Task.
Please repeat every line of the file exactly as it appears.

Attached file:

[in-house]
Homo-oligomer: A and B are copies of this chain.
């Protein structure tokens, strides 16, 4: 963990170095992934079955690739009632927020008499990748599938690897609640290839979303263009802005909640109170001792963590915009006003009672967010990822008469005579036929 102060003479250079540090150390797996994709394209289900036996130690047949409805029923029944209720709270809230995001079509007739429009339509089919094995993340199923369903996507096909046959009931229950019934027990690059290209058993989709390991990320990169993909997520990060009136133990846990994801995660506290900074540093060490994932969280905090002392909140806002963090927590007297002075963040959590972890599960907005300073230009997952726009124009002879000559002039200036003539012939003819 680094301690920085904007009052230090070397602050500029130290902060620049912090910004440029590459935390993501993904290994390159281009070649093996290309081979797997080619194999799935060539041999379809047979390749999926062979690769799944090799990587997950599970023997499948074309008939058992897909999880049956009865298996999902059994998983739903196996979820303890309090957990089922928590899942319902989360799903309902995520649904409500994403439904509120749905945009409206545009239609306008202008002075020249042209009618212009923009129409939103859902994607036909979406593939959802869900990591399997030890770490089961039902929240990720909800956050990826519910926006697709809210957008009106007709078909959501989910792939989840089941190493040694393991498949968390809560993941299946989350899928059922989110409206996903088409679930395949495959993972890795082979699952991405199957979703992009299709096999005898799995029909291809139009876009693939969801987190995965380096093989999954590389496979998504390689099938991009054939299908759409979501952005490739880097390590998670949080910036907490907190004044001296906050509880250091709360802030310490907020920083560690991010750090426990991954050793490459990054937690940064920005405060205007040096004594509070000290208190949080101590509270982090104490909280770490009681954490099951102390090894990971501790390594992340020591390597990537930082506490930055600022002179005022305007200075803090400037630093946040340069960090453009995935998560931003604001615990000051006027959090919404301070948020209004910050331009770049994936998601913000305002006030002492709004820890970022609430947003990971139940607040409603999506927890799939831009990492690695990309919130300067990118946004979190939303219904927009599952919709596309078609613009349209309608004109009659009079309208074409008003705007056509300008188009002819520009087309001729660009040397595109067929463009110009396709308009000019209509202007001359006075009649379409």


[in-house]
Homo-oligomer: A and B are copies of this chain.
């Protein structure tokens, strides 16, 4: 963990170095992934079955690739009632927020008499990748599938690897609640290839979303263009802005909640109170001792963590915009006003009672967010990822008469005579036929 102060003479250079540090150390797996994709394209289900036996130690047949409805029923029944209720709270809230995001079509007739429009339509089919094995993340199923369903996507096909046959009931229950019934027990690059290209058993989709390991990320990169993909997520990060009136133990846990994801995660506290900074540093060490994932969280905090002392909140806002963090927590007297002075963040959590972890599960907005300073230009997952726009124009002879000559002039200036003539012939003819 680094301690920085904007009052230090070397602050500029130290902060620049912090910004440029590459935390993501993904290994390159281009070649093996290309081979797997080619194999799935060539041999379809047979390749999926062979690769799944090799990587997950599970023997499948074309008939058992897909999880049956009865298996999902059994998983739903196996979820303890309090957990089922928590899942319902989360799903309902995520649904409500994403439904509120749905945009409206545009239609306008202008002075020249042209009618212009923009129409939103859902994607036909979406593939959802869900990591399997030890770490089961039902929240990720909800956050990826519910926006697709809210957008009106007709078909959501989910792939989840089941190493040694393991498949968390809560993941299946989350899928059922989110409206996903088409679930395949495959993972890795082979699952991405199957979703992009299709096999005898799995029909291809139009876009693939969801987190995965380096093989999954590389496979998504390689099938991009054939299908759409979501952005490739880097390590998670949080910036907490907190004044001296906050509880250091709360802030310490907020920083560690991010750090426990991954050793490459990054937690940064920005405060205007040096004594509070000290208190949080101590509270982090104490909280770490009681954490099951102390090894990971501790390594992340020591390597990537930082506490930055600022002179005022305007200075803090400037630093946040340069960090453009995935998560931003604001615990000051006027959090919404301070948020209004910050331009770049994936998601913000305002006030002492709004820890970022609430947003990971139940607040409603999506927890799939831009990492690695990309919130300067990118946004979190939303219904927009599952919709596309078609613009349209309608004109009659009079309208074409008003705007056509300008188009002819520009087309001729660009040397595109067929463009110009396709308009000019209509202007001359006075009649379409």